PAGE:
The manual therapy journals keep coming to the same conclusion, that thoracic spine manipulations are useful to increase range of motion & decrease pain in athletes with neck pain. Once again, this is support for the kinetic link principal. However, you are probably asking what this has to do with the high school athletic trainer.
Martin Lambert, a physical therapist in Hamburg, New York invented the idea of "hit takers 'n trouble makers" in the human musculoskeletal system. C2-C7 are stuck between two trouble makers: the O/A joint and the T-Spine. The lower T-spine has mostly sagittal plane motion, the upper mainly rotation, with frontal plane motion pretty evenly distributed. However, if motion in any one plane is inhibited, it will reduce motion in the other two. So, when it runs out of motion, it will quite often go up or downstairs to steal more...because it can. So, that sprained neck may have been set up for failure by a hypomobile T-Spine.
The photos above illustrate an exercise I am using now on a football player who sprained his neck. Diagnostic films have ruled out serious injury, but the athlete was left with a type 2 dysfunction of C3-4. It is stuck FSR, that is flexed, side bent & rotated right. Simply put, the kid has pain/stiffness extending & rotating/sidebending his head left.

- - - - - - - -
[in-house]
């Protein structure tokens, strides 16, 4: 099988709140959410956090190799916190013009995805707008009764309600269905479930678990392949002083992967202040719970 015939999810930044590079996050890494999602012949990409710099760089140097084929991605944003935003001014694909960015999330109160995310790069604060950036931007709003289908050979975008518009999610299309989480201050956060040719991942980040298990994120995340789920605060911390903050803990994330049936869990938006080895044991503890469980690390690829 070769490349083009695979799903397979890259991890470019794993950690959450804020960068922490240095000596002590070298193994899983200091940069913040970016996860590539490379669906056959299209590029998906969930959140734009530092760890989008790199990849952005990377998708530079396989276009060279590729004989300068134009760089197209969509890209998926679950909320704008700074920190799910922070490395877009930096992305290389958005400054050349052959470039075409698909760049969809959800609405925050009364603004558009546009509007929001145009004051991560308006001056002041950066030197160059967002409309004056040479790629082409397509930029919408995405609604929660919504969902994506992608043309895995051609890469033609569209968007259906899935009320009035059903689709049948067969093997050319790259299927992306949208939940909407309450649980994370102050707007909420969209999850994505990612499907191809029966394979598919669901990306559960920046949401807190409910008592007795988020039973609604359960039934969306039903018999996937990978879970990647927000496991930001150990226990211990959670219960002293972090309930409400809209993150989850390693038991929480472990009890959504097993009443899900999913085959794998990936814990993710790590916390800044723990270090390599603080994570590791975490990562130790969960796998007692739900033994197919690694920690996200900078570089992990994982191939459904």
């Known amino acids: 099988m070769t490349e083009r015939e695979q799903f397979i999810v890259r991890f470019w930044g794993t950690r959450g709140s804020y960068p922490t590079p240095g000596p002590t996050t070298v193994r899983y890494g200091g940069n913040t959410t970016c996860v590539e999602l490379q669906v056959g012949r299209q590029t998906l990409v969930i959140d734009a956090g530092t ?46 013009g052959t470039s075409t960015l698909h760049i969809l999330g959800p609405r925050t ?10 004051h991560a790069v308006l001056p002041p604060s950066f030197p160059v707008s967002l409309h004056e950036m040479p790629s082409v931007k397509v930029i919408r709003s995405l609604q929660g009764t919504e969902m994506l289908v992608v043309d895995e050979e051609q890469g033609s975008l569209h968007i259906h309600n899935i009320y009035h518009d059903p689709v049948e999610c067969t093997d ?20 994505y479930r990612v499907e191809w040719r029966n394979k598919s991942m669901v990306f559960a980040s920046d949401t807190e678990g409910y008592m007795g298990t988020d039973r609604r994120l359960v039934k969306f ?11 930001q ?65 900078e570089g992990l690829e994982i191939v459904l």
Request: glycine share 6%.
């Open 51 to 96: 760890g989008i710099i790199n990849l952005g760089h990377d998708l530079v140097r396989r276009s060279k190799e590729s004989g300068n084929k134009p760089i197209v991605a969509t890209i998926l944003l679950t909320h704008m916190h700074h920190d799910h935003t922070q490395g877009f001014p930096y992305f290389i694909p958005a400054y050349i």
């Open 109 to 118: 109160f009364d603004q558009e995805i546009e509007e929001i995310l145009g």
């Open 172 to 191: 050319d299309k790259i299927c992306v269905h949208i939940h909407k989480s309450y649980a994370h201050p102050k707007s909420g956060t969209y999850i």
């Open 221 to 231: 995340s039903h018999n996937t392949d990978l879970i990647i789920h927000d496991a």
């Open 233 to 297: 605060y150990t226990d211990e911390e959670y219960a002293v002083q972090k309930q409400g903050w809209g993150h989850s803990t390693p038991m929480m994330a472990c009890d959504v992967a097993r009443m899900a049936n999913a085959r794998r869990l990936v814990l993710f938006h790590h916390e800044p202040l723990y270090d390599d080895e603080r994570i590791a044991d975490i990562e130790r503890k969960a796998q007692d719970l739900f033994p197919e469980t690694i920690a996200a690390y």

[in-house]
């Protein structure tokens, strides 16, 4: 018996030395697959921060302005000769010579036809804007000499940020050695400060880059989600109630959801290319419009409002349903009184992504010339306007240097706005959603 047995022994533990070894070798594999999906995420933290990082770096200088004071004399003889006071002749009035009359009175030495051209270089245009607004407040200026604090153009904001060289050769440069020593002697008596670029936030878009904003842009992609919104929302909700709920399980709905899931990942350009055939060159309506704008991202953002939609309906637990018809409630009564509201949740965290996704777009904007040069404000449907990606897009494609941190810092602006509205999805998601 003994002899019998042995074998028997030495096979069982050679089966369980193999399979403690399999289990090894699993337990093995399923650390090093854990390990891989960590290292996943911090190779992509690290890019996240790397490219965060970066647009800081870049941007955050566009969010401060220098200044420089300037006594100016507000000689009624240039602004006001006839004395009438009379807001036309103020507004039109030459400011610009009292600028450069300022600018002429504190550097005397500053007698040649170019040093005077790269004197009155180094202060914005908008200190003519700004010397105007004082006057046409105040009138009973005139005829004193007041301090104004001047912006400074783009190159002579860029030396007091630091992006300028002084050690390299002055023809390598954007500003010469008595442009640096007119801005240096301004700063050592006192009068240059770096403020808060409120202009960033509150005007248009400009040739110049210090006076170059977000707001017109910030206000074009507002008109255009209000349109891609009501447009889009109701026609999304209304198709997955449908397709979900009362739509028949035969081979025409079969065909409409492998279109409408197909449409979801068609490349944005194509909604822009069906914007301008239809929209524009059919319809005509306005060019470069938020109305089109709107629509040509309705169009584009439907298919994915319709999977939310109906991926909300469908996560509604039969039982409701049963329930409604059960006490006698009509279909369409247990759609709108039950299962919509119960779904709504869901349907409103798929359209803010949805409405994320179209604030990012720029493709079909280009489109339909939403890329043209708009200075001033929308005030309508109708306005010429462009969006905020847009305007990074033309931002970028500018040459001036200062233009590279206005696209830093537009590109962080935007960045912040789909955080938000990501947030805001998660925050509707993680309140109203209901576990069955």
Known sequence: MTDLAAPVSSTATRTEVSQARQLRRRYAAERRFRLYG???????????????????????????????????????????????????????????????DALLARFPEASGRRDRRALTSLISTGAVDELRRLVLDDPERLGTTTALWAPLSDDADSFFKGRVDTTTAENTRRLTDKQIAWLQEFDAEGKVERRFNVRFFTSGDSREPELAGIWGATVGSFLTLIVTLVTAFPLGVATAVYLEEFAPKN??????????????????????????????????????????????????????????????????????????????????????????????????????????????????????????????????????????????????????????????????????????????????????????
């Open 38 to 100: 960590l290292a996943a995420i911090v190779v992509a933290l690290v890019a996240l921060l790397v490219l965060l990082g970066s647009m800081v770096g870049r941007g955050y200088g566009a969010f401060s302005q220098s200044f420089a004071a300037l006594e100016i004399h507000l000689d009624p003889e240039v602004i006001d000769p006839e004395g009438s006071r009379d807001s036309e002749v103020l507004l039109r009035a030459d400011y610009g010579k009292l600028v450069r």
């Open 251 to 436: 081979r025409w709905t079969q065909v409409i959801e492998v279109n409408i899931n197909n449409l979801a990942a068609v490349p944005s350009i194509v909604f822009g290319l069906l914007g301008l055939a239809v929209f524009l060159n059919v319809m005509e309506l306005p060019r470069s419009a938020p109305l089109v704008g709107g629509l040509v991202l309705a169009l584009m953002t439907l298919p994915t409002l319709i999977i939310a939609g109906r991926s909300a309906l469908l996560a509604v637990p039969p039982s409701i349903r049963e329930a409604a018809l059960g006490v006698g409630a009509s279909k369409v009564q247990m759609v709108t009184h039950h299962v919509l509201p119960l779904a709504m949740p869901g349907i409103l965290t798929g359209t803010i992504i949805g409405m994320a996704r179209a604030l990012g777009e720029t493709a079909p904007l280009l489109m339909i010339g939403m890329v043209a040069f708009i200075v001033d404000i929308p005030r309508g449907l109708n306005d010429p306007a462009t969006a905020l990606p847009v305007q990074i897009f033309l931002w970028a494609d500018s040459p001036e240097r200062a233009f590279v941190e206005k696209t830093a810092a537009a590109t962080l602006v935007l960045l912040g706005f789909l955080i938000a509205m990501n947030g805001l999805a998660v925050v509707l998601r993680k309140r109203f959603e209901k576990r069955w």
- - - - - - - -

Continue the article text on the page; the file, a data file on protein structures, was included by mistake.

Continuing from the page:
I'm using my RLE & arms to create relative left rotation & left side bending in my neck. I choose a right stride stance as not to place my neck at end range left rotation. I begin with eyes fixed forward, BUE extended at shoulder height, left hand supinated, right rotation, then go to BUE right lateral reach toward the floor in one smooth motion. Kind of like a oarsman rowing. I'll repeat it 4x20 reps.
What I've done is used my arms to drive my T-spine in the direction I want as to mobilize my neck. I'll avoid using my head as a driver for the time being, as it will be too painful. I'll use massage & other modalities to relax the muscle spasm & work around the injury for the time being.
In conclusion, we're applying the new evidence based practice stuff coming out of the research journals, and giving it the good old fashioned ATC twist.